There has been a growing buzz around blockchain in the food industry, especially when it comes to the traceability of food products. Most notably, last year Walmart decided in was going to use blockchain technology to track its vegetables, following a contaminated lettuce scare. Working with IBM and 11 other food companies, they aimed to ensure that it was easy to accurately pinpoint the farm of origin of any vegetable found in any of their stores.
In the grain industry, traceability is just as important. Grains are very sensitive to moisture and contamination and can be exposed to both at various points along the supply chain. Currently, information on the origins and quality of grains is kept in spreadsheets, which can lead to inaccurate and out-of-date information. Some believe that blockchain technology, with its resistance to the duplication and tampering of information, its natural timestamping and its accessibility by all parties at any time, could be a solution to this. Others, however, have their reservations about the feasibility of widely implementing blockchain in the agriculture industry.
One example of blockchain being used in the grain industry is in the form of a blockchain business network in Brazil. This was set up by the Brazilian Grain Exporters Business Network (GEBN) to aggregate data on grains, to be shared amongst the different business partners involved in the network. According to a case study carried out on the network, this blockchain implementation has generally been successful and beneficial to the parties involved. The system used blockchain smart contracts to ensure a better flow of information between members, replace multiple binary business relationships and eliminate the need for intermediaries in some business processes. This has resulted in a reduction of information asymmetries and, in turn, a reduction of disputes between the parties. Having a single shared version of the truth improved trust between all members of the network.
Experts from agribusiness software company Primetics, however, have their reservations about whether widespread implementation of blockchain in the agriculture industry would work. In the UK, attempts to implement a widespread, centralised electronic system for tracking grain data, the “eGrain passport”, ended up being unsuccessful after different parties were unable to agree on which data would have to be shared on a compulsory basis. This difficulty in aligning various conflicting interests is just one potential barrier to the implementation of an industry-wide blockchain network.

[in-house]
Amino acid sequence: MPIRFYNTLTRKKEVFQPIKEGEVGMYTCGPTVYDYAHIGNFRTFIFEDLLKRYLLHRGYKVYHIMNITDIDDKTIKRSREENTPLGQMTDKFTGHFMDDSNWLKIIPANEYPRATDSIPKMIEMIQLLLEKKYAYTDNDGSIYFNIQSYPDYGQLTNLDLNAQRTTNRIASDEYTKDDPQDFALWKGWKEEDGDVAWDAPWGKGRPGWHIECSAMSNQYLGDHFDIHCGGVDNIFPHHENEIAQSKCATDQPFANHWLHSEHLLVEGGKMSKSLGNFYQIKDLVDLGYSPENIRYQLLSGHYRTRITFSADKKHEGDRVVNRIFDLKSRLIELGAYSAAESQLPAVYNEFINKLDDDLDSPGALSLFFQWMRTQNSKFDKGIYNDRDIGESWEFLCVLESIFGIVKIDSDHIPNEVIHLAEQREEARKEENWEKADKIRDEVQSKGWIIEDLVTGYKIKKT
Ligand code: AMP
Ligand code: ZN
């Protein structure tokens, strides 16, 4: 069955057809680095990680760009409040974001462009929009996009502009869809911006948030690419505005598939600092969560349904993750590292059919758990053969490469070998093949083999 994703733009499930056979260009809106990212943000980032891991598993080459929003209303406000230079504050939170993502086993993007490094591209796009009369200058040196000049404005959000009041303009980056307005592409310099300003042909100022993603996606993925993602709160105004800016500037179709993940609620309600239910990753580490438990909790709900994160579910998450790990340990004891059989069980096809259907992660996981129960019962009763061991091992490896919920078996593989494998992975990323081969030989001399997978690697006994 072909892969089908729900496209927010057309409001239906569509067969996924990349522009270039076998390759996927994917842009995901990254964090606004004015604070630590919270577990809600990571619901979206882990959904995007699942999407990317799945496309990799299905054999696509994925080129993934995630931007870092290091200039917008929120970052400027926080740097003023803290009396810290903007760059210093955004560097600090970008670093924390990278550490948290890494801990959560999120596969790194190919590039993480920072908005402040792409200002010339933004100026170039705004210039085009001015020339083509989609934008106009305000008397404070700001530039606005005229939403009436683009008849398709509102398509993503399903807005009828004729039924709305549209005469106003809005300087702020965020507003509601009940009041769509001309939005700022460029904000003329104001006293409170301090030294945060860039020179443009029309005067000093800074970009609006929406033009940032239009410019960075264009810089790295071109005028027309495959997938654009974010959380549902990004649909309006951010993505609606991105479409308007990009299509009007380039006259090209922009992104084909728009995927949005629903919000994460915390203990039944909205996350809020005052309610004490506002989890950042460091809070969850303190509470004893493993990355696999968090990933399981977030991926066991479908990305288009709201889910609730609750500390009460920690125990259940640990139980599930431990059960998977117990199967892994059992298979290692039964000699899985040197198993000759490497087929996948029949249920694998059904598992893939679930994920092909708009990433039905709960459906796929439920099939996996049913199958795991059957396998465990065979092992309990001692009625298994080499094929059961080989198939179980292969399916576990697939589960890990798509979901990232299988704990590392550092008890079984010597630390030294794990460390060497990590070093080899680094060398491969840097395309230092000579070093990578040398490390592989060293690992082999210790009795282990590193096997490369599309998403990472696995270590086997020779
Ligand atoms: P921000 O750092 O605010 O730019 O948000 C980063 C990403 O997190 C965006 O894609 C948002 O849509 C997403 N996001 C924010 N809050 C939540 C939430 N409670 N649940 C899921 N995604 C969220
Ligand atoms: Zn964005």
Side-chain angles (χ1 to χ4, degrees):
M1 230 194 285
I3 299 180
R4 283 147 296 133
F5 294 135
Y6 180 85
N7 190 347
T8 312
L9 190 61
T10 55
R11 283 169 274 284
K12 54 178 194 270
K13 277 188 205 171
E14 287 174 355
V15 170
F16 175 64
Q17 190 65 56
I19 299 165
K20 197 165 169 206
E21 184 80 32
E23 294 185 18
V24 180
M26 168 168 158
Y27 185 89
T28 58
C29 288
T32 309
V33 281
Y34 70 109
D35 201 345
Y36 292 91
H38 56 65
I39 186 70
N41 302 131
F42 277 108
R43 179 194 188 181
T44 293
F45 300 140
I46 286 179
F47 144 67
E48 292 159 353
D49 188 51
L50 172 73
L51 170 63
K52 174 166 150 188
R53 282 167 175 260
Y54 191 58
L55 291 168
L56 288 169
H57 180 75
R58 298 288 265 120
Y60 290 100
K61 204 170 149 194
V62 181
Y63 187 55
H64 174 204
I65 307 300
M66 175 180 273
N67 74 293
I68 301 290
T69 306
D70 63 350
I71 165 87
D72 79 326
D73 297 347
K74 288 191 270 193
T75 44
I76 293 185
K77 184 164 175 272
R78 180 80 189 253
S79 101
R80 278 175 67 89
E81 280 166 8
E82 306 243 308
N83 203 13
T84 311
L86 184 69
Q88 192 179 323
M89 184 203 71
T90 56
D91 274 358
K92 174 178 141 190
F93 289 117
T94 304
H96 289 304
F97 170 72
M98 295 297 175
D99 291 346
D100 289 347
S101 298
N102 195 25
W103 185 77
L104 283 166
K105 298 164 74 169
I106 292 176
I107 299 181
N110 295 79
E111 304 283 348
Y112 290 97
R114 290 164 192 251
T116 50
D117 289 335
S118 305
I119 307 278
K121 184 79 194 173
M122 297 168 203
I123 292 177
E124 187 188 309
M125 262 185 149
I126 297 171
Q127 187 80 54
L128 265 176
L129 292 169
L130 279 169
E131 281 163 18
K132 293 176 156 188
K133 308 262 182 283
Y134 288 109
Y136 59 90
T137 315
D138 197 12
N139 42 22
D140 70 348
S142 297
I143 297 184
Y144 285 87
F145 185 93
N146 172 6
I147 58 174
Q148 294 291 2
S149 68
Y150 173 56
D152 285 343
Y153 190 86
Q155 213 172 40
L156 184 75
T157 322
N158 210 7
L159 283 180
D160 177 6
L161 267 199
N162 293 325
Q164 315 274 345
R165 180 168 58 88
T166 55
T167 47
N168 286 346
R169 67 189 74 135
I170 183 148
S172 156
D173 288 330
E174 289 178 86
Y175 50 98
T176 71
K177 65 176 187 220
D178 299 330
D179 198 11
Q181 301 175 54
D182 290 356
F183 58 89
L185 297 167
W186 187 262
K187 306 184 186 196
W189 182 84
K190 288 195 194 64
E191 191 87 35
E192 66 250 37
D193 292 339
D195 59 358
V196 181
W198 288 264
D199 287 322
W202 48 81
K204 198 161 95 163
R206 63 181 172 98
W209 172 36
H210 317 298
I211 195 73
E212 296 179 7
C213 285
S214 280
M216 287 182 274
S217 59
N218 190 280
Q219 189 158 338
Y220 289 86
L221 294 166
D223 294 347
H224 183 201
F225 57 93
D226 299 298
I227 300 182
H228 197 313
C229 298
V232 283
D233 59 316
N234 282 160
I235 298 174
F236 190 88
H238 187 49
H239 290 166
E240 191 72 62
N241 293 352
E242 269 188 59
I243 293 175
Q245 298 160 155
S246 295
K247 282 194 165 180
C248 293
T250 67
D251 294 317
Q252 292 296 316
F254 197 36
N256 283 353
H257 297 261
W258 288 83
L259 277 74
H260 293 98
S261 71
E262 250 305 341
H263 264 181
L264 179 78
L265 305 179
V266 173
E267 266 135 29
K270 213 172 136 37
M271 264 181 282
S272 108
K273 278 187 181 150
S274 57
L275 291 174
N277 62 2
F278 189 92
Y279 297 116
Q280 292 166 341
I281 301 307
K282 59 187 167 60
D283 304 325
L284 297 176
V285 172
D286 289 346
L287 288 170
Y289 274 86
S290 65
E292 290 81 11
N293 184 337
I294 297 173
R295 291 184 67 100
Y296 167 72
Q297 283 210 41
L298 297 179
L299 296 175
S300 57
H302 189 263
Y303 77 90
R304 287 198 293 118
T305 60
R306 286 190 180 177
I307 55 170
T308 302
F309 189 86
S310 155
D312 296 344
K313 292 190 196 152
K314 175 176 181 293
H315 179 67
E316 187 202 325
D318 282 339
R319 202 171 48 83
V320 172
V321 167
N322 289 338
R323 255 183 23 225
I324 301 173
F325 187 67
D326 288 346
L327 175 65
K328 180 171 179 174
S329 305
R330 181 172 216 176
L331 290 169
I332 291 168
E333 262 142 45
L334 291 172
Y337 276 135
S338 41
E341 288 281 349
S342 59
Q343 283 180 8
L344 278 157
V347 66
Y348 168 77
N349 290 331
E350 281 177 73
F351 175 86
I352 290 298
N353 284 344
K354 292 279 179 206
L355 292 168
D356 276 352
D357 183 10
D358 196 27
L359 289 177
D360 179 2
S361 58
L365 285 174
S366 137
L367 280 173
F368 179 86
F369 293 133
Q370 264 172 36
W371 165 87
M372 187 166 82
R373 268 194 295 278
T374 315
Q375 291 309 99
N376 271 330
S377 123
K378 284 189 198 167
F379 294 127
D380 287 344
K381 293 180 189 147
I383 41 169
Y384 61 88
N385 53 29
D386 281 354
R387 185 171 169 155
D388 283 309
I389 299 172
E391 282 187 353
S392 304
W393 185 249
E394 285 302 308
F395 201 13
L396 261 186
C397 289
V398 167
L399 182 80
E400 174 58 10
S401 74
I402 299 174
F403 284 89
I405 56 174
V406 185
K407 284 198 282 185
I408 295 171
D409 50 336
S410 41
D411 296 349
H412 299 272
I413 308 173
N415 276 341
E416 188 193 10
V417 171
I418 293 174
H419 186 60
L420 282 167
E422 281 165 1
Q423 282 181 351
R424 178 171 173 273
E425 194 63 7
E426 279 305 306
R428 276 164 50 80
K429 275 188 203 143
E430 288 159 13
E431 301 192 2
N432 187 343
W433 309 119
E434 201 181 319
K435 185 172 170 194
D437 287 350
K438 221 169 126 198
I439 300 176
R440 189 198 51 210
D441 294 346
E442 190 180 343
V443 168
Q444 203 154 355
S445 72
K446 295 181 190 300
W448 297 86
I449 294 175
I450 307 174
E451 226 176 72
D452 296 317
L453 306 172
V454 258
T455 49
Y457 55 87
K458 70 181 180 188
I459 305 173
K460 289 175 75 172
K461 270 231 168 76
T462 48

While the Brazilian GEBN Blockchain business network was generally successful, it was not an industry-wide project. Leigh Roberts, General Manager at agribusiness software provider Primetics, says that blockchain “has generated significant interest from various industries and does fit the supply chain industry model well, but the complexity around deployment, requiring a top down all or nothing approach to be truly beneficial, is a limiting factor to its long term success across multiple industries. Agriculture, for instance, is a highly complex industry with varying degrees of software requirements and with a wide variety of stakeholders who would find it extremely difficult to get behind one technology.” While he comments that if “B2C companies, who can have a big influence on the whole market, worked in collaboration to kick-start a blockchain revolution then blockchain would have a chance,” he also notes that this would require significant initial investment, which companies may be tentative to offer up for an experimental project.
In conclusion, while there is certainly potential for the use of blockchain for quality control in the grain industry, it is yet to be seen whether a big industry force will get behind the technology to explore and exploit its full potential.
This is a contributed article from Primetics, an agribusiness software company that develops and provides solutions for the grain, seed, feed, milling and malting sectors.